Otherwise, small-loom weaving has been the norm around here lately. I need to squirrel away my yarn for the winter! Here’s the naturally dyed color gamp that I mentioned planning in my last post, woven on the resurrected table loom:
I also set up the inkle loom for some tablet weaving. This was the first kind of weaving I learned, so it brings back fond memories, and the potential weave structures boggle my mind all the more now. I’m using a threaded-in draft from the Candace Crockett book that leaves some of the holes empty, producing interesting results. Photos to come!
Not much of note in the dyeing and spinning departments, though I picked up some indigo powder at Vermont Sheep & Wool, and I’ll be experimenting with that as soon as I get my hands on some washing soda. I’ve also been fiddling with some of my dyed wool on the spindle. But there’s another new project I’m excited about: learning to make hairpin lace! I got a secondhand Jenkins lace loom and am trying to get my hands used to a crochet hook.
I haven’t done much crochet of any kind before, but there are also a few non-lace patterns I’ve got my eye on. One is for a crocheted guinea pig, because of my new furry friends:
It would be tough to spin their fur, but otherwise, these little guys make the perfect pets: they sit tamely on your lap and make endearing noises while you knit. What could be better on a chilly autumn evening?
My half-handspun Nightingale adaptation is now progressing nicely. I think the design is more succesful with this combination of yarns, at least on an aesthetic level, but I’m not sure the mittens will fit my monstrously large hands. I’m holding out hope for a bit of blocking magic.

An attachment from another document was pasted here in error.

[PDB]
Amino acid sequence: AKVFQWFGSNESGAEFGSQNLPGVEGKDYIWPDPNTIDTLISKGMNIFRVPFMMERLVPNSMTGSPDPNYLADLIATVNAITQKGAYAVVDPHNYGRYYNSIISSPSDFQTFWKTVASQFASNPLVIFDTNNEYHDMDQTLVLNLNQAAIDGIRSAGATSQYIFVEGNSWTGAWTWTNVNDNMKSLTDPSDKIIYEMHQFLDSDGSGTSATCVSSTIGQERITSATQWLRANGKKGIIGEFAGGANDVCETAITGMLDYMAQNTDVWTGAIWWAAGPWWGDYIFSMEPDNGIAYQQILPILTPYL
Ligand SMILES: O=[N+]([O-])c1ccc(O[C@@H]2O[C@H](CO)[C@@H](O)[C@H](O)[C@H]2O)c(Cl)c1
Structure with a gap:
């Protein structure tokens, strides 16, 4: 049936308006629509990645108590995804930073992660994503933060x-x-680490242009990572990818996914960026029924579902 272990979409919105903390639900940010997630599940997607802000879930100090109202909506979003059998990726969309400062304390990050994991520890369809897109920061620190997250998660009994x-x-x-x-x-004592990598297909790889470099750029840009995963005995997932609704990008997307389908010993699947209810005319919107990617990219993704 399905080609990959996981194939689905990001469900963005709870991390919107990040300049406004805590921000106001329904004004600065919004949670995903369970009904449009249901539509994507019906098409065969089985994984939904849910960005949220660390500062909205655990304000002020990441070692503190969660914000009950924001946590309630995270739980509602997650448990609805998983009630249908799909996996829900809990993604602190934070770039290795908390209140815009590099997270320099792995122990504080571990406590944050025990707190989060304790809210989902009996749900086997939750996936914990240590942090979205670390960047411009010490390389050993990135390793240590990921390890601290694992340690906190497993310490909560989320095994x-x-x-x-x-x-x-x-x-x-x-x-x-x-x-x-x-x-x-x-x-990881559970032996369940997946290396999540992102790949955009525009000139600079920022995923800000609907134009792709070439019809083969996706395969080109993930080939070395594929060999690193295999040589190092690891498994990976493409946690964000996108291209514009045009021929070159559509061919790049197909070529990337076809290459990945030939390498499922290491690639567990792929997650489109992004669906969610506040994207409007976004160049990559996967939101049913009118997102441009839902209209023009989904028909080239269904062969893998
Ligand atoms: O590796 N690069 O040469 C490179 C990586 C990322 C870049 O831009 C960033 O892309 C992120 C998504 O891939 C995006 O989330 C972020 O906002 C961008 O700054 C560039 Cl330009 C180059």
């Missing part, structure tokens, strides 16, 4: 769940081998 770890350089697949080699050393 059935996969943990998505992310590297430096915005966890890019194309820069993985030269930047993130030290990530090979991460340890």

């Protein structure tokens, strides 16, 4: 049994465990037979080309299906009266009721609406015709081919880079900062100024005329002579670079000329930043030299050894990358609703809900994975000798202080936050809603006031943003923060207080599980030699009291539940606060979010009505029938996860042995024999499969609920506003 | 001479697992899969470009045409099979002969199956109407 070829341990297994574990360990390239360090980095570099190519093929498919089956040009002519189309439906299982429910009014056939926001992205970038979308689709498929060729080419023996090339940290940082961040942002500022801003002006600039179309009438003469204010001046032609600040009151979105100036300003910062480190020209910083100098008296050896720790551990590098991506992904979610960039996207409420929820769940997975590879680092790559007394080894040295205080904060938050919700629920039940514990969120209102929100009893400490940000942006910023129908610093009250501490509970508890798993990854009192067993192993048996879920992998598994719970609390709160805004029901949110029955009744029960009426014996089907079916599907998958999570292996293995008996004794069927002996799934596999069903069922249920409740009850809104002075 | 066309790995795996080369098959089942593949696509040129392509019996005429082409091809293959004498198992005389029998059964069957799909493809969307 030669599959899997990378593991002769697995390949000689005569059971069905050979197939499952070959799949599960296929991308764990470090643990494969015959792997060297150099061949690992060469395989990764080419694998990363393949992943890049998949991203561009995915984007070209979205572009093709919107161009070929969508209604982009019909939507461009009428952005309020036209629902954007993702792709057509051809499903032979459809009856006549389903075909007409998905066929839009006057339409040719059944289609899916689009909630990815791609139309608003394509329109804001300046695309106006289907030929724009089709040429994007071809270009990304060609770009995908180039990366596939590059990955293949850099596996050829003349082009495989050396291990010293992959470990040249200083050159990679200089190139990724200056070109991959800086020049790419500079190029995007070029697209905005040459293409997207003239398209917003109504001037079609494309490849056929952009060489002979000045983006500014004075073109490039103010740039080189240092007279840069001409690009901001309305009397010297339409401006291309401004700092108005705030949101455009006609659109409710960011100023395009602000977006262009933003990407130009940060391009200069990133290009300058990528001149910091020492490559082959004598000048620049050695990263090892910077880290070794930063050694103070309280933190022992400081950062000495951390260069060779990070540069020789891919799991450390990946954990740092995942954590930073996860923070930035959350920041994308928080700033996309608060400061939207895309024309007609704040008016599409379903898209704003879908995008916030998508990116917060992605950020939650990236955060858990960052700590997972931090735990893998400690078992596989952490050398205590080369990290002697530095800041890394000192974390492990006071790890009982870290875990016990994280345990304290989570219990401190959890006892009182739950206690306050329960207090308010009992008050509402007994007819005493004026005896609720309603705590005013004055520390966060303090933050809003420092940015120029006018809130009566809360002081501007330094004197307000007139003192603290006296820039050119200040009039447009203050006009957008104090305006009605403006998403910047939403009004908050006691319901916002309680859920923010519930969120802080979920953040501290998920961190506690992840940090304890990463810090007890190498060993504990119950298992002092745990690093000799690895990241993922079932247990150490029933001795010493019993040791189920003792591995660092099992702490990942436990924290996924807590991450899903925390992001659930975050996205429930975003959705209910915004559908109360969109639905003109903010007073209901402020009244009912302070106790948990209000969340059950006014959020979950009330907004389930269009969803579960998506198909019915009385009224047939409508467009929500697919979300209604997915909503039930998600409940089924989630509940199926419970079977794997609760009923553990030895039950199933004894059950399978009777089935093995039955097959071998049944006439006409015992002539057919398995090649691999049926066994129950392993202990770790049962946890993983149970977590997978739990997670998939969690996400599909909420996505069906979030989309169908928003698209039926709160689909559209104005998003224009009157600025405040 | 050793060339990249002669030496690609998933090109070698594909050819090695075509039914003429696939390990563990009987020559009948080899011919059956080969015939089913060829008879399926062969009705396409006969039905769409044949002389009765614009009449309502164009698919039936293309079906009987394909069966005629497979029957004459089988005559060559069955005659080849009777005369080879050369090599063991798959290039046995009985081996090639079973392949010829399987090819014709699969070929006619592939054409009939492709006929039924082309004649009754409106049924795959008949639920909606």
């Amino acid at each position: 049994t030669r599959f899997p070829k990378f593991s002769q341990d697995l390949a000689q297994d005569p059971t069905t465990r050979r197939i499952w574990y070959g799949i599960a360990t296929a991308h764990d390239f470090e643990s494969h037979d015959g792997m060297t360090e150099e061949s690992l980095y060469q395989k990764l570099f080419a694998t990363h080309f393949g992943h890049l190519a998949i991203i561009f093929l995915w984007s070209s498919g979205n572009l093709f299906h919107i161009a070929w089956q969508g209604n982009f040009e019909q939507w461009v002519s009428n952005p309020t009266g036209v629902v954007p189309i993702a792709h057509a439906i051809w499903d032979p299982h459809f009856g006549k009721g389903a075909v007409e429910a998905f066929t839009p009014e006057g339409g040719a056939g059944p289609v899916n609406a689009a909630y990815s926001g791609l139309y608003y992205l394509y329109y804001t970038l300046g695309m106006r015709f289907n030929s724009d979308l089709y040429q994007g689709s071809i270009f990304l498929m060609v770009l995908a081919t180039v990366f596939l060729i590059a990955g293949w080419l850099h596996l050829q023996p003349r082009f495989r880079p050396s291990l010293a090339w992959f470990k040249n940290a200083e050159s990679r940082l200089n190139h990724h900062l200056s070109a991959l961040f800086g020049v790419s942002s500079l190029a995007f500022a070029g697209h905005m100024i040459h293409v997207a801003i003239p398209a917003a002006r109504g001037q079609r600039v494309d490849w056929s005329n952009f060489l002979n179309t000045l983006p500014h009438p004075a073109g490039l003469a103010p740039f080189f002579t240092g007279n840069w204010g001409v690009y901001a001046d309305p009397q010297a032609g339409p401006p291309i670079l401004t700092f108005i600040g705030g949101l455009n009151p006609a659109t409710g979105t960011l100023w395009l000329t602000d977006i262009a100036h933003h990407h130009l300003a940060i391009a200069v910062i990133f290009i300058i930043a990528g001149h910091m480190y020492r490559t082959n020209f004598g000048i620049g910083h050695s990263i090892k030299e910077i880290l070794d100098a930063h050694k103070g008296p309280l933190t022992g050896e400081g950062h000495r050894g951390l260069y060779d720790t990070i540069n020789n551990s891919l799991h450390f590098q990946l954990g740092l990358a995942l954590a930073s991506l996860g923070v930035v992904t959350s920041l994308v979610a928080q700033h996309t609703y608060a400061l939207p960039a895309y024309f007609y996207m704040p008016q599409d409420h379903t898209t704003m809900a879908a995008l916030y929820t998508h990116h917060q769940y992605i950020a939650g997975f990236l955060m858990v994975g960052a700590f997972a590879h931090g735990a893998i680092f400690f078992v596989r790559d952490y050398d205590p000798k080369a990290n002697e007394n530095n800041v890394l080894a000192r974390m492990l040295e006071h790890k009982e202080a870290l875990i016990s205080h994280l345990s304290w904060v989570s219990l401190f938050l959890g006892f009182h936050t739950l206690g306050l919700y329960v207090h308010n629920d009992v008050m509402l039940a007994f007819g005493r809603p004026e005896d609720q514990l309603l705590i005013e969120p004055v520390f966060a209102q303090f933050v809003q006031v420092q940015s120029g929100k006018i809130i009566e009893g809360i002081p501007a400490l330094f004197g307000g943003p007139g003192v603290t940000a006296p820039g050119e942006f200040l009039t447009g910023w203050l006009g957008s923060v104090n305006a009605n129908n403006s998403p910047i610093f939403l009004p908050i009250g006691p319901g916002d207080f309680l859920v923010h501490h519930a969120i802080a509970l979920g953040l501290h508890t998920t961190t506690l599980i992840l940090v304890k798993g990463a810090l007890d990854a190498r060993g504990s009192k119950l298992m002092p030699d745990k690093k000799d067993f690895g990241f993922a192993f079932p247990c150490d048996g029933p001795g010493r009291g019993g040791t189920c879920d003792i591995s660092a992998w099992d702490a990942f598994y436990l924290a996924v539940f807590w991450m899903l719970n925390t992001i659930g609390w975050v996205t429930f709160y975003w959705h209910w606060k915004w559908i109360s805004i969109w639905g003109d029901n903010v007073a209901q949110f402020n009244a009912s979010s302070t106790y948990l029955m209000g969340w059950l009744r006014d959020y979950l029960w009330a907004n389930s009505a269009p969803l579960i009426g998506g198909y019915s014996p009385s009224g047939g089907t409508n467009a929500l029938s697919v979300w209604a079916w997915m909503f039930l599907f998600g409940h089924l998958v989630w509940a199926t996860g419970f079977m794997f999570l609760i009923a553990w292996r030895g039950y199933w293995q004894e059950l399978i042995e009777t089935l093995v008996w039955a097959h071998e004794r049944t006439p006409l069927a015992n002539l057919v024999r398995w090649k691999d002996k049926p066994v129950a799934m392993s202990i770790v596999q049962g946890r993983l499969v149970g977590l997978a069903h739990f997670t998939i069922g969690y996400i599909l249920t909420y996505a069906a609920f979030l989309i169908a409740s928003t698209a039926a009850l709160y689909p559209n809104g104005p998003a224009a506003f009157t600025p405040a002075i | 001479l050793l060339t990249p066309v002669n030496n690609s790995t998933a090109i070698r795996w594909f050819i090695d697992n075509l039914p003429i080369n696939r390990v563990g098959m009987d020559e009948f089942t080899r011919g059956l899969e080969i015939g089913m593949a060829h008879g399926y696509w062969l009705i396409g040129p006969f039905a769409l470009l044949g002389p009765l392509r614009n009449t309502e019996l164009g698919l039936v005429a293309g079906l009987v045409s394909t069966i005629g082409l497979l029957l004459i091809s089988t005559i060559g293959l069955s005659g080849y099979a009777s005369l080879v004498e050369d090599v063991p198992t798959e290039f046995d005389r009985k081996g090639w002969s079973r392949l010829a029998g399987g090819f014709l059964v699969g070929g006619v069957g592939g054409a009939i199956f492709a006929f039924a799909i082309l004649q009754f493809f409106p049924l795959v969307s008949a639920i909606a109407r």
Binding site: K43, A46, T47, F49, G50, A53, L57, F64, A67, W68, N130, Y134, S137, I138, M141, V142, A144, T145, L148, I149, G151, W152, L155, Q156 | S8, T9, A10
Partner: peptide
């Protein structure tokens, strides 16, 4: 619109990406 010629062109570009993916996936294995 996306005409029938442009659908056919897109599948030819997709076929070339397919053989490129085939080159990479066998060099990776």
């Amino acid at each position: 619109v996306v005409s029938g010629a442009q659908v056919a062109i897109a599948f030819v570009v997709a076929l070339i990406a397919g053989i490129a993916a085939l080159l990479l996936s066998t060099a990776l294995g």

Also on the Coffee Table of Crafting, a small piece of cross-stitch that I made from a kit picked up at the local Highland Games. Making something from a kit led to much rumination on the nature of creativity, and whether I was actually adding anything new to the world, and whether making a project from a kit is the same as using someone else’s pattern and following their yarn specifications, and whether there is any point to changing something just for the sake of changing it, and why it’s easier not to follow “recipes” in weaving (no shaping! …generally), and then– I decided not to worry about it. So here is my Wee Hieland Coo. (I kid you not, that was the name of the kit. This may have played a role in my purchasing decision.)
As it turned out, I did wind up placing my own personal stamp on the project. After a few days of carefully managing every last thread, I misplaced the whole glob of it just as I was finishing the cow’s head. Rather than wait until the weekend to go thread-hunting, I dug into my embroidery box for some close-enough floss. So, this is a blonder Hieland Coo than some– but according to Wikipedia, they come in all shades of orange to yellow! Of course, I found the missing floss immediately after completing the project. (It was stuck between the pages of my mitten pattern.)